ABSTRACT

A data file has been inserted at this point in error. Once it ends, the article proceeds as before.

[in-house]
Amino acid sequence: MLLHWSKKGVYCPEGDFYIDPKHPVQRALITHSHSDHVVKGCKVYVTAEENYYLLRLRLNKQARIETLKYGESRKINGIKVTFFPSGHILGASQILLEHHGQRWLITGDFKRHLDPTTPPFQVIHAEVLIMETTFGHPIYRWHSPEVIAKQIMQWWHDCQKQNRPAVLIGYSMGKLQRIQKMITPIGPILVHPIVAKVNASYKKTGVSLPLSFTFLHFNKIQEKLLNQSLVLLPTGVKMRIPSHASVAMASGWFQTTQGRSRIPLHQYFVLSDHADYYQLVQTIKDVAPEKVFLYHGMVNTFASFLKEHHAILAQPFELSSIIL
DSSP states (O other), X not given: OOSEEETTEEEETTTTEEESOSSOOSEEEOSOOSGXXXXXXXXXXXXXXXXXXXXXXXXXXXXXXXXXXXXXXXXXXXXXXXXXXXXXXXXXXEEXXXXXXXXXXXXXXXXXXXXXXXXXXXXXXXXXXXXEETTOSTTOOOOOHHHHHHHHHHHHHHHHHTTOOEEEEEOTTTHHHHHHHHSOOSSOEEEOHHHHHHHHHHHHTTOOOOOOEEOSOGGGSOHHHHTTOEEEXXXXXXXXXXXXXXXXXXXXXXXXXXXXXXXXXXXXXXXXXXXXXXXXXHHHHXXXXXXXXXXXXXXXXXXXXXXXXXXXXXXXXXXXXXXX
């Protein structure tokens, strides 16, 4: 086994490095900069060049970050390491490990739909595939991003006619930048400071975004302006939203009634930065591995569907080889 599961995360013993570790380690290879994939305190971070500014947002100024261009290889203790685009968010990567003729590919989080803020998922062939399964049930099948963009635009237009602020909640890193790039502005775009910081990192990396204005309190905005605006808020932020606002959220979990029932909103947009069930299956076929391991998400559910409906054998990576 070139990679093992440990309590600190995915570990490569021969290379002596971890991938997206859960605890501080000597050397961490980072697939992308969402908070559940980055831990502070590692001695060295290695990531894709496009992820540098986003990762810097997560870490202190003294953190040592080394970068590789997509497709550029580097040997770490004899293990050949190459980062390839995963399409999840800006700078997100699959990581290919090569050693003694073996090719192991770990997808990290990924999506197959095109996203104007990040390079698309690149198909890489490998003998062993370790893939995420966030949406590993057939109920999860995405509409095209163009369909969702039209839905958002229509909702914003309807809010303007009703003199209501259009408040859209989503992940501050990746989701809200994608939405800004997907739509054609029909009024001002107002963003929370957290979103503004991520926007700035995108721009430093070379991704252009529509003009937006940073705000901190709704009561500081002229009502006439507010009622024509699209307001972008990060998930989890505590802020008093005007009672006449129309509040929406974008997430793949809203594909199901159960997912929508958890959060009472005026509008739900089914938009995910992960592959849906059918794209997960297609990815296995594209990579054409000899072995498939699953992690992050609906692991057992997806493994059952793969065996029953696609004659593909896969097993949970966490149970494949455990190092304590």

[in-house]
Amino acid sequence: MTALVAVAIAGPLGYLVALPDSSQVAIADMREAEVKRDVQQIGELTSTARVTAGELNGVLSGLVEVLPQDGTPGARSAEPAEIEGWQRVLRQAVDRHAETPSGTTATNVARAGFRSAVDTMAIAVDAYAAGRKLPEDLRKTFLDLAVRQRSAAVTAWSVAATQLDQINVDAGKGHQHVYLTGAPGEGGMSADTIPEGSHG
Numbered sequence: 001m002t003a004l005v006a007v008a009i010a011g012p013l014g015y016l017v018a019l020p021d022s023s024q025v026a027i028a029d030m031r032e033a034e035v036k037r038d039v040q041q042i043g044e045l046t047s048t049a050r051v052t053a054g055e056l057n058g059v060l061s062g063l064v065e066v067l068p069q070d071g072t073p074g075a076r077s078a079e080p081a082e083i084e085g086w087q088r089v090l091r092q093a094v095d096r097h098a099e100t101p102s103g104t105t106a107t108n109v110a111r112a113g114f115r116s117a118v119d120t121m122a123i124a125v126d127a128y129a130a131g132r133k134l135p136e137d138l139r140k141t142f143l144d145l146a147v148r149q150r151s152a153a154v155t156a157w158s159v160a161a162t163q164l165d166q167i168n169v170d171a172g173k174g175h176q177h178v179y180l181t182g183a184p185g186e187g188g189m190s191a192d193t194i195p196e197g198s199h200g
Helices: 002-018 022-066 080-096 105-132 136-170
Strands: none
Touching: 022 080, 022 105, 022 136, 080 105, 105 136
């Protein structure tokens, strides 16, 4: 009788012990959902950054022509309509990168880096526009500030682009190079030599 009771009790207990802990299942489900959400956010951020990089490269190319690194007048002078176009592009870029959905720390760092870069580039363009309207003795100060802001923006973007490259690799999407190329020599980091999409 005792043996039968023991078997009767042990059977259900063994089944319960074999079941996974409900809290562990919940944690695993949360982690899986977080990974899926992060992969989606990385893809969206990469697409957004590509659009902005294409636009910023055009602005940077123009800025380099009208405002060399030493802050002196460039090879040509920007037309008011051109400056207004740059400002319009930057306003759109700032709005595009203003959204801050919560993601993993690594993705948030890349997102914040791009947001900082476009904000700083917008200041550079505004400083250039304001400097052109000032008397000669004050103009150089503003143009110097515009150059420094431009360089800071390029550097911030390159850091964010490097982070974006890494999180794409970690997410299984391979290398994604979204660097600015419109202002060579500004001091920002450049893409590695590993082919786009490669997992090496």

The flow of the ground water in an aquifer or during pumping test generates an electrical current (called the streaming current), which is of advective nature. The resulting electrical field (streaming potential field, one of the components of the self-potential field) can be remotely measured at the ground surface or in boreholes. We first discuss the underlying physics of this electrokinetic effect and the role of the electrical double layer coating the surface of the grains. We show how the drag of the excess of electrical charge of the pore water by the flow is equivalent to a source current density. Then, we discuss the metrological aspects, the type of voltmeter and electrodes required to carry out good measurements in field conditions. Two applications are discussed in steady-state conditions. The first is dedicated to the flow of water in shallow aquifers. In this case, the streaming current and the conduction current are nearly balanced and, inside the aquifer, the electrical equipotentials mimic the hydraulic equipotentials. They have, however, the advantage to extend the shape of these hydraulic equipotentials up to the ground surface. The second case is related to the flow of water in the vadose zone, here again investigated in steady-state conditions. In this situation, the vadose zone is polarized and the ground surface electrical potential map reflects essentially the depth of the vadose zone. A case study is shown for a small watershed in the South of France. The resistivity tomography shows no contrast in resistivity between the vadose zone and the aquifer and the observed self-potential data are observed to be linearly correlated to the depth of the water table.

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